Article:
September 17, 2020  (Web Review)

Heimat Is a Space in Time

Icarus Films, 218 min., not rated, DVD: $29.98, Apr. 14

Reviewer rating: 2.5/4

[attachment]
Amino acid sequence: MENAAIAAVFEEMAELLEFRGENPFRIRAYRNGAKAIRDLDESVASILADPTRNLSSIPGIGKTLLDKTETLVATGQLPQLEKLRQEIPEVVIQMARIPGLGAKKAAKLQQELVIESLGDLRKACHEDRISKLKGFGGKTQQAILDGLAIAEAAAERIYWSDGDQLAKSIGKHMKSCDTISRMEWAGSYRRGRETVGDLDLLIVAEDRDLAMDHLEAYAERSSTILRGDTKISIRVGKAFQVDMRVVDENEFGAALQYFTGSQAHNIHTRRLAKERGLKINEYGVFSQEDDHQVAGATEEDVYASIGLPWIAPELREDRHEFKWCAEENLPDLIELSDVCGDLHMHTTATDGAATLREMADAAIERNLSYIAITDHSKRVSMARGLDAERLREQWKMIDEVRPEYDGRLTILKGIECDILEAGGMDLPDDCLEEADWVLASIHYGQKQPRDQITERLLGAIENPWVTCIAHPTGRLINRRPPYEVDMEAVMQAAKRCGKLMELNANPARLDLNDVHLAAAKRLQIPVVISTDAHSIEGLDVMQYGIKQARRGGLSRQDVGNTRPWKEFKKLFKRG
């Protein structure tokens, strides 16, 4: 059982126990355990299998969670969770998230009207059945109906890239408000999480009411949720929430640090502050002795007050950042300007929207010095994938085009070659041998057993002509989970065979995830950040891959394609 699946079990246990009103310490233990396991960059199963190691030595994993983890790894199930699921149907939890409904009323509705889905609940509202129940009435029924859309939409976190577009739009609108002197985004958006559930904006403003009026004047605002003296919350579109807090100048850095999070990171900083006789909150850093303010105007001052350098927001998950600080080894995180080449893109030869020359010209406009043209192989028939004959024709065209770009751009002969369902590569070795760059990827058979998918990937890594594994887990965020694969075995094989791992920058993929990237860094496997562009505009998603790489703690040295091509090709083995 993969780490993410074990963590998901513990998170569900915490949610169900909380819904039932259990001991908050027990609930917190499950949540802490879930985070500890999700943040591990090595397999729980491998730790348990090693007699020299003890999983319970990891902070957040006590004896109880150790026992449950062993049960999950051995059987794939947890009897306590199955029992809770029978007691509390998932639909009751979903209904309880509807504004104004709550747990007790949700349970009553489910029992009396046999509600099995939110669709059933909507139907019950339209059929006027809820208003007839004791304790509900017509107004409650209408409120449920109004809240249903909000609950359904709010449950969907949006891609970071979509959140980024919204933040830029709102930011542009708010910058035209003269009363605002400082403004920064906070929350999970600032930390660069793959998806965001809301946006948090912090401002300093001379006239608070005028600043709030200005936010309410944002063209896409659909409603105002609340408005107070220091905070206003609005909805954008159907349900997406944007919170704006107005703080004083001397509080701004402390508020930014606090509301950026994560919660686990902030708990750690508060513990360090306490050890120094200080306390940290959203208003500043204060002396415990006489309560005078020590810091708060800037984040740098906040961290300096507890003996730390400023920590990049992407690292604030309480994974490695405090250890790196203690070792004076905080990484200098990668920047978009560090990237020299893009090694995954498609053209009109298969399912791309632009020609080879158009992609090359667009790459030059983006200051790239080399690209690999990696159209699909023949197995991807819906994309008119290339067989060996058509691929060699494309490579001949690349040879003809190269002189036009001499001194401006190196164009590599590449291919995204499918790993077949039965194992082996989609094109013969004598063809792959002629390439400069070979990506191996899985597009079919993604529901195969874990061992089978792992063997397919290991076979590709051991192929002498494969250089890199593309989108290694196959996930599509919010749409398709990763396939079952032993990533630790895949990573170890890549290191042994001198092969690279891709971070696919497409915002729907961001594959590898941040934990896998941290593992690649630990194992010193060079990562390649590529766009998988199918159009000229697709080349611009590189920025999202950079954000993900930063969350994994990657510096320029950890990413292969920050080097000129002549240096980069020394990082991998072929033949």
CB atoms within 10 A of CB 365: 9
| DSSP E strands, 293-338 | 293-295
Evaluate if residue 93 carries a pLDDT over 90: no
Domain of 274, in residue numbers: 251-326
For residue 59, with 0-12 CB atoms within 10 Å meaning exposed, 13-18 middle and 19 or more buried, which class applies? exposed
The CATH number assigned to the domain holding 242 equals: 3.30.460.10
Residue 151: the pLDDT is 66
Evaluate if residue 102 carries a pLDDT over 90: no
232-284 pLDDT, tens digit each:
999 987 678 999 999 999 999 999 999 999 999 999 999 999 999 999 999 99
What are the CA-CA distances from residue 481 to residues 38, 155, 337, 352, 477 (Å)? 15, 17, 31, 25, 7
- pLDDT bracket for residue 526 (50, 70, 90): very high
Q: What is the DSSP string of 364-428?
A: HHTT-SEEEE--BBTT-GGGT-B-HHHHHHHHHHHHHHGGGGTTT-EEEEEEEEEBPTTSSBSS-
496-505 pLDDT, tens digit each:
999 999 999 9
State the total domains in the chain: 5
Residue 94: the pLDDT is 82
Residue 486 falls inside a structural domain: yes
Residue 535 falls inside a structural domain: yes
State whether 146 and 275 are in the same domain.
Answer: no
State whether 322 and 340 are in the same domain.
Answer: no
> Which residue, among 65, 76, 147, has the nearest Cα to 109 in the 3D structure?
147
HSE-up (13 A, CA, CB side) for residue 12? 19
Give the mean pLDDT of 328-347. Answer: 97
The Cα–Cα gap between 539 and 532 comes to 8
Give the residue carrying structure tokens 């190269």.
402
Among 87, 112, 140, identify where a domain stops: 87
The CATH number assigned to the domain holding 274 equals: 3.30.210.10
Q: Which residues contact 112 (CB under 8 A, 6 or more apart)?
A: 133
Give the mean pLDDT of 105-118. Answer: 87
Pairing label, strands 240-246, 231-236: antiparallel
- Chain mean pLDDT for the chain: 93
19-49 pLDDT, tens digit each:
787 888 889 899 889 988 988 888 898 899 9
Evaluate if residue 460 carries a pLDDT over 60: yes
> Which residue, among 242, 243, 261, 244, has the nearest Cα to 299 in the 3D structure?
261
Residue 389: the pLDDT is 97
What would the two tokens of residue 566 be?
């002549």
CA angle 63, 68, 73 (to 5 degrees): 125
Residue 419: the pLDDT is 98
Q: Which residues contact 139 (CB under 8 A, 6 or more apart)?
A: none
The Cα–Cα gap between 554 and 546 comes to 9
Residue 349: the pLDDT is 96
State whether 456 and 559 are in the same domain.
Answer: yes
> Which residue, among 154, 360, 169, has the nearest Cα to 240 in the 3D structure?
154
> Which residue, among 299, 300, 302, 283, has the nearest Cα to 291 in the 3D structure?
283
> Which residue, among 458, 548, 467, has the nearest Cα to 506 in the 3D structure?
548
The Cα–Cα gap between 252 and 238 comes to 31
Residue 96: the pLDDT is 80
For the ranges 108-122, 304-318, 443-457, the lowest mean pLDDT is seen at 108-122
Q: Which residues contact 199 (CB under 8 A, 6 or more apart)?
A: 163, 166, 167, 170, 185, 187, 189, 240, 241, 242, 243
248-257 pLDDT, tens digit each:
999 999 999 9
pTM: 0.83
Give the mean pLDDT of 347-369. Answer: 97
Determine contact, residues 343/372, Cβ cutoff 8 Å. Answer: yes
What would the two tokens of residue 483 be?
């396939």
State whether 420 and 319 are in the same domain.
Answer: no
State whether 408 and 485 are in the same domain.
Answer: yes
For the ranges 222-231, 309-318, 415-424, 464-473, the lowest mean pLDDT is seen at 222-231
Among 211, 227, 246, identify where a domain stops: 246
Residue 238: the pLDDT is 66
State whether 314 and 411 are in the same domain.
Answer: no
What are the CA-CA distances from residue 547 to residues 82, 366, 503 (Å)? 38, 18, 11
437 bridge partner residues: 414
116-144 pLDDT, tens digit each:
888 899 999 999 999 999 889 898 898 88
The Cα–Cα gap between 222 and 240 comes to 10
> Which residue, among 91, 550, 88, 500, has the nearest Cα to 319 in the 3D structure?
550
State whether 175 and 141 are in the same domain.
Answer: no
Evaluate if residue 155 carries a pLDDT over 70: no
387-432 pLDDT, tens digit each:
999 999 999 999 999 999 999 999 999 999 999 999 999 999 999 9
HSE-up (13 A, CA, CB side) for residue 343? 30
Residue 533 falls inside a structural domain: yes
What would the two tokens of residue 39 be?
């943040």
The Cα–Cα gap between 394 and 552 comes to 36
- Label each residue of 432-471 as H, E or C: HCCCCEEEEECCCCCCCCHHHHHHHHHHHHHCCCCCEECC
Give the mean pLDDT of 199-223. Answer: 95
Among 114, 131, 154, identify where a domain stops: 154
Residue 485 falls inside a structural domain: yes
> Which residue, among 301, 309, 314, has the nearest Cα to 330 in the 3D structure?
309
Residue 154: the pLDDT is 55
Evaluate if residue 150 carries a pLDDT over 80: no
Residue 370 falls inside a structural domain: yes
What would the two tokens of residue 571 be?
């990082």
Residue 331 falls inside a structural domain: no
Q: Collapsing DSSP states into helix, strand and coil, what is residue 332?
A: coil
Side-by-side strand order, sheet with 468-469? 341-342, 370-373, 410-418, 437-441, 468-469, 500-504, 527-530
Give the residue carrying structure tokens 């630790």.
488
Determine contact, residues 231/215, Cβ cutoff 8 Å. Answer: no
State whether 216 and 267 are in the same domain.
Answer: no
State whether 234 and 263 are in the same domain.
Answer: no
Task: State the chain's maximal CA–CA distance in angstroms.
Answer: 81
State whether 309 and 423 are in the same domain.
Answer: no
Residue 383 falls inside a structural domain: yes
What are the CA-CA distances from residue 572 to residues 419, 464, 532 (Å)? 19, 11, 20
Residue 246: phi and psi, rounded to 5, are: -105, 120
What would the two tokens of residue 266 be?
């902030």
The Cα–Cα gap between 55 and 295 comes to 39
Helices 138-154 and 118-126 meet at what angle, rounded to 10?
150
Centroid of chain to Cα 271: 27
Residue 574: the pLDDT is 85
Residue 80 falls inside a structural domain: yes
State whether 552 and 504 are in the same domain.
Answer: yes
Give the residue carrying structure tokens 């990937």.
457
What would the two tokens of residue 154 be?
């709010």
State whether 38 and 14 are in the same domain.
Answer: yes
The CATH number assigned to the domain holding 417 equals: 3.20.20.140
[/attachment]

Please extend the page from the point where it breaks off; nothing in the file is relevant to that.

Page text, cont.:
Thomas Heise’s epic-length documentary is essentially an experimental film combining voiceover, archival material and contemporary footage in a politically charged meditative essay about the experiences of the director’s family over the course of twentieth-century German history. A prologue refers to the Red Riding Hood fable, suggesting that danger always lurks behind apparent placidity, before Heise reads from an anti-war essay penned in 1912 by his grandfather Wilhelm, then a precocious student, set against photographs of the boy and his family. Europe is soon plunged into World War I, but the film passes over the conflict obliquely, concentrating on Wilhelm’s romance with Edith Hirschhorn, a Jewish art student in Vienna, presented again through excerpts from their letters. Soon the relationship is overwhelmed by the rise of Nazism, and in a stunning half-hour sequence the screen is filled with seemingly endless pages of a typewritten record of the Viennese Jews deported to death camps in 1941-42 as Heise reads from letters written by the increasingly terrified members of Edith’s family while the genocidal horror escalated. This harrowing segment ends with a black screen and shots of the ruins of a camp, accompanied by a contemporary pop song advising Germans “not to look, and never mind.” After a segment dealing with the time Wilhelm and his sons spent in internment camps at World War II’s end, the film shifts to the life of Thomas’ father Wolfgang, a professor of philosophy who fell afoul of the East German government. Letters and documents—including Stasi reports—document his attempts to stave off professional demotion as a result of his refusal to hew to demands for ideological purity, but once again the emphasis is on the personal: the greater portion of the narration is composed of letters and diaries written by Wolfgang and his wife Rosemarie, a literary scholar, which detail not only their mutual respect but also rifts within the marriage. (Thomas reads impassively from letters exchanged between Rosemarie and a lover named Udo.) Toward the close the film turns its focus on Thomas himself, who found his filmmaking stifled by the communist GDR until the fall of the Berlin Wall. But the implication is that societal structures are always means of control no matter what form government might take, and the ultimate message is encapsulated in Wolfgang’s remark that an individual’s responsibility is simply to act decently toward others. Heise’s film is elliptical, leaving the viewer to fill in gaps in the records, and offers virtually nothing in the way of explicit context or analysis. It can also try one’s patience with its long, languid shots of moving trains—a motif rich with meaning for the Nazi era—and outdoor footage. Moreover, the employment of white subtitles against light backgrounds often leaves them illegible. Despite the longueurs, however, Heise’s film casts a powerful cumulative spell, and while it is not for everyone, some will find it mesmerizing. Extras include a fifteen-minute Q&A with Heise at the New York Film Festival and an illustrated booklet. A strong optional purchase. Aud: C, P. (F. Swietek